Sentencing tomorrow in motorist's death Prosecutor recommends police sergeant get 3-8 years in prison

February 26, 1997|By Kate Shatzkin | Kate Shatzkin,SUN STAFF

Before he sentences police Sgt. Stephen R. Pagotto tomorrow for involuntary manslaughter in the death of a motorist, Baltimore Circuit Judge John Carroll Byrnes will have to make a tough decision: Should he give prison time to an oft-praised police officer with no record of being dangerous? Or can he grant probation to someone whose negligence on the job caused a man to die?

New territory

The territory is new, at least in Baltimore: Pagotto's conviction Dec. 17 was the first for a shooting in the line of duty that city police veterans can remember. Police officers will be watching, saying the result will affect how many risks they take to stop criminals on the streets of Baltimore. And the community where Preston E. Barnes lived and died by Pagotto's gun will be watching, too.

In court papers submitted to the judge yesterday, prosecutor Lawrence Doan requested that Pagotto, 40, serve from three to eight years in prison for the crime, within the range of Maryland's voluntary sentencing guidelines. Defense lawyers Henry L. Belsky and Kimberly A. Kelly are seeking probation before judgment, writing that "we believe it is undisputed that Sergeant Pagotto's only motivation on the evening of the incident was to do a good job."

They also have asked Byrnes to grant their client a new trial, but such motions are rarely successful.

Pagotto was convicted in the Feb. 7, 1996, shooting of Barnes, 22, during a car stop in the 2600 block of Kirk Ave. When Barnes, who Pagotto's lawyer said was on a drug-selling mission with two passengers in the car, did not respond to the officers' commands to get out, Pagotto reached into the open car door and grabbed Barnes with his left hand, wielding his Glock 9 mm pistol in his right. Pagotto testified that the car began to accelerate, he fell from it and his gun fired, hitting Barnes in the left armpit and killing him.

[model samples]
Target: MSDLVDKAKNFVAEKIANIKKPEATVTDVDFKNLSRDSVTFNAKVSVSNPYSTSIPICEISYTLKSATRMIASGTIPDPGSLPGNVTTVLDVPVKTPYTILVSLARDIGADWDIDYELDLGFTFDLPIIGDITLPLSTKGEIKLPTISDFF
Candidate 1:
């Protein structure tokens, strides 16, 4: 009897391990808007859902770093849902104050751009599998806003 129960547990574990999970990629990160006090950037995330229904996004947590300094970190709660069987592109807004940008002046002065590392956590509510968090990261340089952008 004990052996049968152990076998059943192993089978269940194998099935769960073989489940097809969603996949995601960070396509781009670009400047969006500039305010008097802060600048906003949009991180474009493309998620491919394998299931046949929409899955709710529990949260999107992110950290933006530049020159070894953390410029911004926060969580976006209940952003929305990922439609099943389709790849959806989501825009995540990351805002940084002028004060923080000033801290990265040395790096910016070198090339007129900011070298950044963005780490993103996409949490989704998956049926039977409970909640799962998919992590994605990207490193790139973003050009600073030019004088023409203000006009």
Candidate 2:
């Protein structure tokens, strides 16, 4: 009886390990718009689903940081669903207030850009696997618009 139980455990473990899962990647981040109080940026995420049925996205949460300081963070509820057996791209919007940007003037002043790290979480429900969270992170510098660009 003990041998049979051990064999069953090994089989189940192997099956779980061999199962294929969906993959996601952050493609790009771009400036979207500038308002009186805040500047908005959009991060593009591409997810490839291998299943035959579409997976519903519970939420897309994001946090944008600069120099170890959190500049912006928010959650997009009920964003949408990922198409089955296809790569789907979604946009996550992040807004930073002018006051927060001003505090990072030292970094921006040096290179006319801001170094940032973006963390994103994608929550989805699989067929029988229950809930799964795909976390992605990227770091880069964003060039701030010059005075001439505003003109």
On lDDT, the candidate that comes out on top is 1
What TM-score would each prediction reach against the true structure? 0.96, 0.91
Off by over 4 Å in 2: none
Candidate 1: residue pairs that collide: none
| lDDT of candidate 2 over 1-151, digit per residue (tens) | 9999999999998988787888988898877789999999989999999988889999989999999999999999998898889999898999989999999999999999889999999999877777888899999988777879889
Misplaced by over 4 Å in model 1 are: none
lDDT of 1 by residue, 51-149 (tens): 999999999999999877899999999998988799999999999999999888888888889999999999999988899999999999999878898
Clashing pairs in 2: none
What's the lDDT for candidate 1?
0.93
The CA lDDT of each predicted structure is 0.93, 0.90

Jurors found Pagotto guilty of involuntary manslaughter and two counts of reckless endangerment. Several police experts and supervisors testified for the prosecution that Pagotto acted dangerously in approaching the car with his gun in hand and holding his finger along the slide of the Glock. They said he should have retreated to his car and continued to issue commands with the gun trained on Barnes' Subaru.

Other case used as example

Doan asked that Byrnes look to the case of Montgomery County police Officer Christopher J. Albrecht, who received a one-year sentence for killing a 20-year-old woman with a shotgun while she stood near a man who was being sought in a stabbing. Doan called the facts of that case "very similar but arguably less egregious than those present here."

Belsky and Kelly countered by submitting Pagotto's long personnel file, filled with accolades from his supervisors and people he helped in the community, to try to tip the balance in Pagotto's favor. Numerous residents wrote to police commissioners during Pagotto's 16 years on the force, commending him for acts ranging from fixing flat tires and locating missing people to capturing dangerous drug dealers and solving homicides. He received four official commendations, including one for saving the life of a drowning 2-month old girl. His evaluations rated him "excellent," with supervisors praising his leadership, though several times he was reprimanded for unsatisfactory job performance.

Suspension without pay

Pagotto, who is suspended from the police force without pay, is driving a truck for Carroll Independent Fuel Co., according to his attorneys. He married his fiancee, Tommie Bockner, on Valentine's Day. Together they have six children. Belsky wrote that the family would be forced "to turn to public assistance for financial support" if Pagotto was incarcerated.

And, the defense attorneys wrote, Pagotto will no longer be able to work as a police officer, and poses no risk to the community. "He will not be in a position to make judgment calls that involve life and death situations as a regular part of his employment."

Pub Date: 2/26/97

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